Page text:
North Beach Journal

The Clooney caper; an ode to the perfect bloody Mary; the osso buco episode; and Amanda, the deputy sheriff


This paragraph should have appeared in my May Sketches column but monthly deadlines being what they are, I missed it. However, I think it’s worth recounting even a month late.

There’s an attractive young woman (that’s the politically incorrect part; more below) we call Jas who is a server at Mario’s Bohemian Cigar Store Cafe in North Beach. One day as Jas (Jasiel Berg) served me my daily espresso, she invited me to protest with her at a Nob Hill fundraiser for Hillary Clinton. George Clooney and his wife, Ama1, were scheduled to participate, and the cost of head table seats for two was $353,000. Yes, you read that correctly — $353,000. Jas thought that was obscene so she was planning to protest the event, and that day in Mario’s she took out a slip of paper and wrote down the Nob Hill address of the party house in case I wanted to join her.

I don’t protest much anymore, except with my computer. Jas protested and the papers covered it. But the fascinating thing is that Jas and her fellow protestors got through to George Clooney. The day after the event, the heart-throb actor issued a statement agreeing with her. He said that to raise that much money for political reasons is obscene. I’m waiting for Clooney to call Jas and apologize.


As I write this, Chief Sullivan’s is about to open in the Green Street premises formerly occupied by O’Reilly’s Irish Pub (622 Green Street). I dropped by the other day to make sure that the mural on the back wall was still there. It is. In case you haven’t seen it, the mural depicts famed Irish writers Oscar Wilde, George Bernard Shaw, James Joyce, Dylan Thomas, and Brendan Behan — in full color, red noses and all. But who was Chief Sullivan? A fireman who lost his life in the 1906 earthquake and fire!


In my last month’s column, I identified the woman in a photo on the wall of the Original U.S. Restaurant as Rose Cippolina, wife of Al Cippolina, one of the owners of that North Beach establishment. Al’s wife was Anna. She’s gone now and much missed by all of us.


If you and I have ever had lunch together you know that I’m a bloody Mary kind of guy. And these days I’m engaged in a protracted bloody Mary-off. It’s like a chili cook-off, but my serious research is on the tomato-based beverage. I’m a bloody Mary collector. Not so strange! Some collectors go for rare bottle caps or funny-shaped cocktail glasses — the kind with pineapple chunks and miniature umbrellas stuck in them. Though I have a long way to go with my bloody Mary-off, I have come up with four San Francisco saloons that craft the exemplary beverage. They are Sam’s Grill, Original Joe’s, Gino and Carlo, and Lefty O’Doul’s.

Tony Bosque, daytime bartender at Sam’s Grill, does an admirable job of keeping me bloody Mary-happy. Tony’s are a bit spicy and thick with pureed tomatoes thinned down to juiciness.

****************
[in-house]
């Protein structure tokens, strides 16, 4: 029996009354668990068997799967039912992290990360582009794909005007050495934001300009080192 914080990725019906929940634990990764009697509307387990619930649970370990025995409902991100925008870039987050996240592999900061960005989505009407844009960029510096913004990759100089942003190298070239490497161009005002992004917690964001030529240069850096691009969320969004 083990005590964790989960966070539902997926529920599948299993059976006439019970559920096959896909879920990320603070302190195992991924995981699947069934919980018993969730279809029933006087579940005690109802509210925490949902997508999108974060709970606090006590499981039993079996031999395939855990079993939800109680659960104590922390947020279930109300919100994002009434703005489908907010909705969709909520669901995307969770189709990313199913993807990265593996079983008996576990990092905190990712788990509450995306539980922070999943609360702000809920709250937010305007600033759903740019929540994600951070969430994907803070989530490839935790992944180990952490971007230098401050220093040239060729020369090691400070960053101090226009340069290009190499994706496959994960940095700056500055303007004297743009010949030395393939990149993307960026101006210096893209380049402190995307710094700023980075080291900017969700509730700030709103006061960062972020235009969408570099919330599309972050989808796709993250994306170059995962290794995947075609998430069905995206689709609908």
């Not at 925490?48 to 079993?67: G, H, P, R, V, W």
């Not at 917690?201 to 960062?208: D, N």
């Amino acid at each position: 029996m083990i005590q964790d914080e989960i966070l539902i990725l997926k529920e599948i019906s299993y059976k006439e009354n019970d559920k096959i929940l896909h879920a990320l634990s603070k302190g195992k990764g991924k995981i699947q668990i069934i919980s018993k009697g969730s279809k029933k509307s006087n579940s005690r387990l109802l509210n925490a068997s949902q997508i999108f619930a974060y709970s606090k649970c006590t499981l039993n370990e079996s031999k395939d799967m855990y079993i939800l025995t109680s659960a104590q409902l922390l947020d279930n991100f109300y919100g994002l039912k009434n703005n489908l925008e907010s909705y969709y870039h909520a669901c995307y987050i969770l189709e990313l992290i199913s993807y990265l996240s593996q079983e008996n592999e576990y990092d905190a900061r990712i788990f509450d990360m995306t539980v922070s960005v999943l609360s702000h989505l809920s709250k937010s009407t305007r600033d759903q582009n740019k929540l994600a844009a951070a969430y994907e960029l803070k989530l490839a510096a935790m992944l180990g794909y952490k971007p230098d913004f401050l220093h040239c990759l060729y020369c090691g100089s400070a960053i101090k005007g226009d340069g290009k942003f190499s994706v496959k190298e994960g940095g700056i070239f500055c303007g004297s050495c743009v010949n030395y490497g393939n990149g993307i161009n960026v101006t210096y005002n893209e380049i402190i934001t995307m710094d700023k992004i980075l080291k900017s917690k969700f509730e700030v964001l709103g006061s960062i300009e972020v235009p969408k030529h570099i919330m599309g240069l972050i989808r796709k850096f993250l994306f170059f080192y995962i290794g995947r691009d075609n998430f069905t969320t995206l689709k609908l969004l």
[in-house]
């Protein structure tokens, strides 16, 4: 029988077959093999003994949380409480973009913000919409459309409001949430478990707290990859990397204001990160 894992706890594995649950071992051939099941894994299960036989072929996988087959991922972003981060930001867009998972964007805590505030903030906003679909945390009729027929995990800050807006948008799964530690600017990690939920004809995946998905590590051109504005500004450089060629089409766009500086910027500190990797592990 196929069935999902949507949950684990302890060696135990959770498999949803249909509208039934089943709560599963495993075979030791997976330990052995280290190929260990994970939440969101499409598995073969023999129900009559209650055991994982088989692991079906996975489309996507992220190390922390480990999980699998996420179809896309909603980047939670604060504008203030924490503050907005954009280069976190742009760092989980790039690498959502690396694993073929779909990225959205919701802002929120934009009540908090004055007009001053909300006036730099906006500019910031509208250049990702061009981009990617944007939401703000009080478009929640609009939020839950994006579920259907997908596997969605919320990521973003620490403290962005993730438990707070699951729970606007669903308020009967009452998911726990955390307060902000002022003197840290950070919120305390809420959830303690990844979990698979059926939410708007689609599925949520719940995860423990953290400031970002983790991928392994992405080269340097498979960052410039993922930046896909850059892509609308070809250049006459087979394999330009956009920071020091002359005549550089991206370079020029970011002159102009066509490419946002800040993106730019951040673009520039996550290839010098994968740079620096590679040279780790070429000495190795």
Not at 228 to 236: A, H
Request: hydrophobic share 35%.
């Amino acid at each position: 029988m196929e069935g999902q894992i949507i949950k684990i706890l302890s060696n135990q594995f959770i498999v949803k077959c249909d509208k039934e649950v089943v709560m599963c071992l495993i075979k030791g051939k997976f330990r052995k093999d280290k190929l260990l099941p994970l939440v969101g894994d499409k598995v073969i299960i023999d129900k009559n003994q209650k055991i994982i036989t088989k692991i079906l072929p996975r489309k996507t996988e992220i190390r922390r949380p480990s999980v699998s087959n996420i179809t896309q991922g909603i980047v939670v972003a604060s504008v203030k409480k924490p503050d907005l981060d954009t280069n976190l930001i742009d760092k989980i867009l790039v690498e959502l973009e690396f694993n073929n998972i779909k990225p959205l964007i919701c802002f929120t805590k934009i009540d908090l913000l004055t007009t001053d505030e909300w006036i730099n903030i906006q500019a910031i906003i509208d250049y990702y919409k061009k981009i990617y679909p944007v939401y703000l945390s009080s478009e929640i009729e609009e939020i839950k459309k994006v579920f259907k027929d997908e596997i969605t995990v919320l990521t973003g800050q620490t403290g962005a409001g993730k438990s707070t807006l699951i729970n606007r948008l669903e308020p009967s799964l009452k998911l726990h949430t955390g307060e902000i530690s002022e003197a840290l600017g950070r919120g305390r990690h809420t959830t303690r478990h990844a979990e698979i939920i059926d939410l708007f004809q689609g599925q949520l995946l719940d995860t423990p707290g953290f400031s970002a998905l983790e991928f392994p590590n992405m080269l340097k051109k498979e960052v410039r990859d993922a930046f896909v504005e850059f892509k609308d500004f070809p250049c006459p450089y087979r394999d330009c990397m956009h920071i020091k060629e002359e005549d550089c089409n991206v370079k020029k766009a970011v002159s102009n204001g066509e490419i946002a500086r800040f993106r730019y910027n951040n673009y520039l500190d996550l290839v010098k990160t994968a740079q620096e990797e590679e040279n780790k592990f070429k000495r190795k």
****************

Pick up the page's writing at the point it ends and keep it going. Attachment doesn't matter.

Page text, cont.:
Then there’s Michael Fraser at Original Joe’s — another bloody Mary specialist. He knows how to please me with a spicy beverage, shaken with ice, then strained into a tall wine glass.

Ron Minolli, a barkeep at Gino and Carlo, makes his one at a time — “Just like I put on my pants, one leg at a time,” he says. Each one is crafted separately. Ron lines up all the ingredients, mixes and muddles, and only then adds the ice. It’s an intense bloody Mary — but Ron Minolli is an intense guy.

Then there’s Lefty O’Doul’s, the downtown saloon and hofbrau founded in 1958 that has raised the bloody Mary to an art form. The story goes that baseball legend O’Doul himself developed the recipe. The result is thick and spicy. The mix includes tomato paste, Worcestershire sauce, distilled vinegar, molasses (there’s a surprise), garlic powder — and the other usual stuff.

On your behalf, I will continue my bloody Mary investigations along with my search for the perfect meatloaf.


This old Italian restaurant celebrated its 130th anniversary last month. I should have noted it in my column then, but missed it. Sometimes I feel Fior D’Italia doesn’t get the recognition it deserves. I will try to remedy that — give it a try again and maybe write about it.

Located in the San Remo Hotel on Mason Street in North Beach, my first encounter with the Fior was many years ago when it was located on Broadway. I was a reporter for the Chronicle, and Scott Newhall, Sunday editor at the time, gave me the job of writing the paper’s annual Gourmet Guide. All I had to do was eat out and write about it — not a bad job for a skinny and hungry kid.

One day at lunch time, I dropped into the restaurant with all the insouciance I could muster and acquired a table for one by the swinging doors that led to the kitchen. On the long menu was something called osso buco. I had never encountered osso buco or even heard of it. I ordered osso buco.

In a sophisticated manner, I sipped my glass of red wine and waited. In a few minutes, my waiter pushed through the swinging doors from the kitchen, lurched sideways as he slipped on a damp floor and something resembling a red softball came rolling along the floor toward me. Yes, it was my osso buco — a large veal knuckle braised in an aromatic tomato sauce.

With his apologies, my waiter said he would bring another. I demurred and had the spaghetti with meatballs. Next time I’m in Fior D’Italia, I’ll have the osso buco and give you a report.

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